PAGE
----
Untitled (almost original)
(American, born 1949)
2006. Pencil on paper and magazine illustration in artist's frame, 44 x 46" (111.8 x 116.8 cm)
In the late 1970s, Prince took a job at Time–Life, where he would rip out pages of magazines and send them to advertisers to demonstrate that their advertisements were published. In 1980, he began to re-photograph ads presenting them as art. “At Time–Life, I was working with seven or eight magazines, and Marlboro had ads in almost all of them,” he explained. “Every week, I’d see one and be like, ‘Oh, that’s mine. Thank you.’ It’s sort of like beachcombing.”1
Created more than twenty-five years later, Untitled (almost original) pairs two images: The drawing on the left is a sketch for an advertisement he bought at an auction, and the photograph on the right is an image that Marlboro considered for an ad campaign but did not use. Pairing the images within a frame, Prince imbues these objects—never meant to be viewed as artworks—with new meaning. Through imagery of the Marlboro Man, the cigarette company’s cowboy mascot, Prince explores the myth of American masculinity—characterized by ruggedness, virility, and independence—and how it is propagated by mass media. Presenting Marlboro ads in new contexts, Prince reveals the constructed nature of masculinity: “People usually look at photographs and expect to see fact, but in the end, don’t.”2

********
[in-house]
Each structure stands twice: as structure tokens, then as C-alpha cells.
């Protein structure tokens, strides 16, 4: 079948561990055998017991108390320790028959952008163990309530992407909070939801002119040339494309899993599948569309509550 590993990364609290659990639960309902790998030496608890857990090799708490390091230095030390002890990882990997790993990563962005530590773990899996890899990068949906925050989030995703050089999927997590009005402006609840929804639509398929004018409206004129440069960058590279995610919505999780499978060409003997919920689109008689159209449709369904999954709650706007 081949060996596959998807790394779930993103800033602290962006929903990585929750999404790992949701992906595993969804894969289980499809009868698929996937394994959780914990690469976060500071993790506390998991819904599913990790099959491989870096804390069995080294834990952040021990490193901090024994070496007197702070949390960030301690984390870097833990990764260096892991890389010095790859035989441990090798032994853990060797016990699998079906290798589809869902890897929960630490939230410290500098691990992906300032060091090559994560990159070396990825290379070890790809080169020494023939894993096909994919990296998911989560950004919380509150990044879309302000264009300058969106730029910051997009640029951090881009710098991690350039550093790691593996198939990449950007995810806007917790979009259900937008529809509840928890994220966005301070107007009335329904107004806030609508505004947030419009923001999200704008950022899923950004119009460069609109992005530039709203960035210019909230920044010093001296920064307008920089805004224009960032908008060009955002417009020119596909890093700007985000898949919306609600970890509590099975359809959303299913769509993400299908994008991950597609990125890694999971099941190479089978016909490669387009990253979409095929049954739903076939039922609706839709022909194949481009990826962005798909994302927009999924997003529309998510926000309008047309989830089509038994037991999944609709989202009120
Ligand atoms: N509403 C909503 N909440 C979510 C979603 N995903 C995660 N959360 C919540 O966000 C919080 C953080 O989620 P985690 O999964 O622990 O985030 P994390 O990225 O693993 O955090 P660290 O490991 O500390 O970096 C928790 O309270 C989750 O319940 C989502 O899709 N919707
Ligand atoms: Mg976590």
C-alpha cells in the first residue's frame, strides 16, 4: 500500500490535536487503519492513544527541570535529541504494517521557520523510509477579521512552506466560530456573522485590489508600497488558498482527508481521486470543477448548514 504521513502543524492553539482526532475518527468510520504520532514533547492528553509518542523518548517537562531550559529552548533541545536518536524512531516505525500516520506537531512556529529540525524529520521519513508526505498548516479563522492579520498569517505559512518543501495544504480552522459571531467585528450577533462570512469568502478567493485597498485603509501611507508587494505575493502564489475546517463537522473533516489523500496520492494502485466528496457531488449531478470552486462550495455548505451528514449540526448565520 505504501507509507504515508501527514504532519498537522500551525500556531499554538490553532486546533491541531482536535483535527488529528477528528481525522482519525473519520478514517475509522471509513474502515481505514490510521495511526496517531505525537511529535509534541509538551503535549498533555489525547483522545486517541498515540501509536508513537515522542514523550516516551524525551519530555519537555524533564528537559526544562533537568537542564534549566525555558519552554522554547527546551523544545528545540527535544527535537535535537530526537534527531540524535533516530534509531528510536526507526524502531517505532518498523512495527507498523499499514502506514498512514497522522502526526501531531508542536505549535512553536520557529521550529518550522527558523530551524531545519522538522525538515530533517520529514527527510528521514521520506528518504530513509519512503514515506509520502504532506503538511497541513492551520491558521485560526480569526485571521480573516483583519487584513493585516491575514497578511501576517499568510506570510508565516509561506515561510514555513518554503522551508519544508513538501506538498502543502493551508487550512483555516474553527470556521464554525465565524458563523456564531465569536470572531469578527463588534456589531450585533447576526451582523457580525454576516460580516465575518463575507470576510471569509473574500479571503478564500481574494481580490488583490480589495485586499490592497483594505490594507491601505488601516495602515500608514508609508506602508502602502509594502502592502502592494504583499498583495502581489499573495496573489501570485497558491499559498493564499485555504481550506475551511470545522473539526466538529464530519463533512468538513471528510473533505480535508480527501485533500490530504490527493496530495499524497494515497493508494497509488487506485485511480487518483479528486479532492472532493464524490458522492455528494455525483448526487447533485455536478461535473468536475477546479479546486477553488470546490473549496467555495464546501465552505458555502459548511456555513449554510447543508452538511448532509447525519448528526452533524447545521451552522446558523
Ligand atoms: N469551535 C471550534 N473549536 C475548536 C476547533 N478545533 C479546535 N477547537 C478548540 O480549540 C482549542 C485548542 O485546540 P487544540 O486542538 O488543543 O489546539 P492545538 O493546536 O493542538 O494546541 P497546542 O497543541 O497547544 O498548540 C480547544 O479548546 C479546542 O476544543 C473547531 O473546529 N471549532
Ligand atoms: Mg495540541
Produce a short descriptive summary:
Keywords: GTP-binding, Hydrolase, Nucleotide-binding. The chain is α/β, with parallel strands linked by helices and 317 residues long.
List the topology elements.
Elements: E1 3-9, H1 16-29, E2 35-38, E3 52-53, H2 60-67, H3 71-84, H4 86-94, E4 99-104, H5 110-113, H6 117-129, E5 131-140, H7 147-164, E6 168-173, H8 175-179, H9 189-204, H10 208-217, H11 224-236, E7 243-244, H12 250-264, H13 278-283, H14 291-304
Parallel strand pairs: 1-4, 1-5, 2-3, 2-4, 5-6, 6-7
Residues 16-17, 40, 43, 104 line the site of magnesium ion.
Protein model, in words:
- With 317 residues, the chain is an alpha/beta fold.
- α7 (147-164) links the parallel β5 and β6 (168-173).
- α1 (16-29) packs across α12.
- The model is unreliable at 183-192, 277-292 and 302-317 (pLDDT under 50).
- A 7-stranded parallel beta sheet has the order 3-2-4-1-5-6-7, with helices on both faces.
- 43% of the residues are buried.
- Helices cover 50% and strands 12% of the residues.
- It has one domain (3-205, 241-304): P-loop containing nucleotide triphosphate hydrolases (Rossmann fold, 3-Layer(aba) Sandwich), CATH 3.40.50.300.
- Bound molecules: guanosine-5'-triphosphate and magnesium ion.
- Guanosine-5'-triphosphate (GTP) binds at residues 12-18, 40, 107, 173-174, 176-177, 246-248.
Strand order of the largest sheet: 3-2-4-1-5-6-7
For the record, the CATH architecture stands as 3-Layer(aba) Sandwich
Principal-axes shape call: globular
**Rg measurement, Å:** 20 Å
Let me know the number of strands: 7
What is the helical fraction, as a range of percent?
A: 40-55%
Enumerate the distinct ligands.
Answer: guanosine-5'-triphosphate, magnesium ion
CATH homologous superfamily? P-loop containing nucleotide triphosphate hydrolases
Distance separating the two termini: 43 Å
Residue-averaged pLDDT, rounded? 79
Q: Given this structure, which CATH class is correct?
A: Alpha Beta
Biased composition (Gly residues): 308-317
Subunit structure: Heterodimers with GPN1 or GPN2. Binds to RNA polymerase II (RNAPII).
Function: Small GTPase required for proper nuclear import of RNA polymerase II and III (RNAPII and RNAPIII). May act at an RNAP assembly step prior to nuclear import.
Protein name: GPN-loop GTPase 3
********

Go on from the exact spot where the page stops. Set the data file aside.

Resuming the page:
Transitory written and printed matter (receipts, notes, tickets, clippings, etc.) not originally intended to be kept or preserved.
In the visual arts, appropriation is the intentional borrowing, copying, and alteration of preexisting images and objects.
The Marlboro Man was originally conceived in 1954 to increase the consumer base for filtered cigarettes, which, at the time, were generally considered feminine. This effort is widely considered one of the most effective advertisement campaigns ever; sales increased 300 percent within the next two years.
Prince maintains an extensive and eclectic collection of objects and images, which he appropriates to create new works of art. In addition to works by other artists, he collects records, movie scripts, sketches from advertising campaigns, covers of pulp-fiction paperbacks, and other pop-cultural ephemera.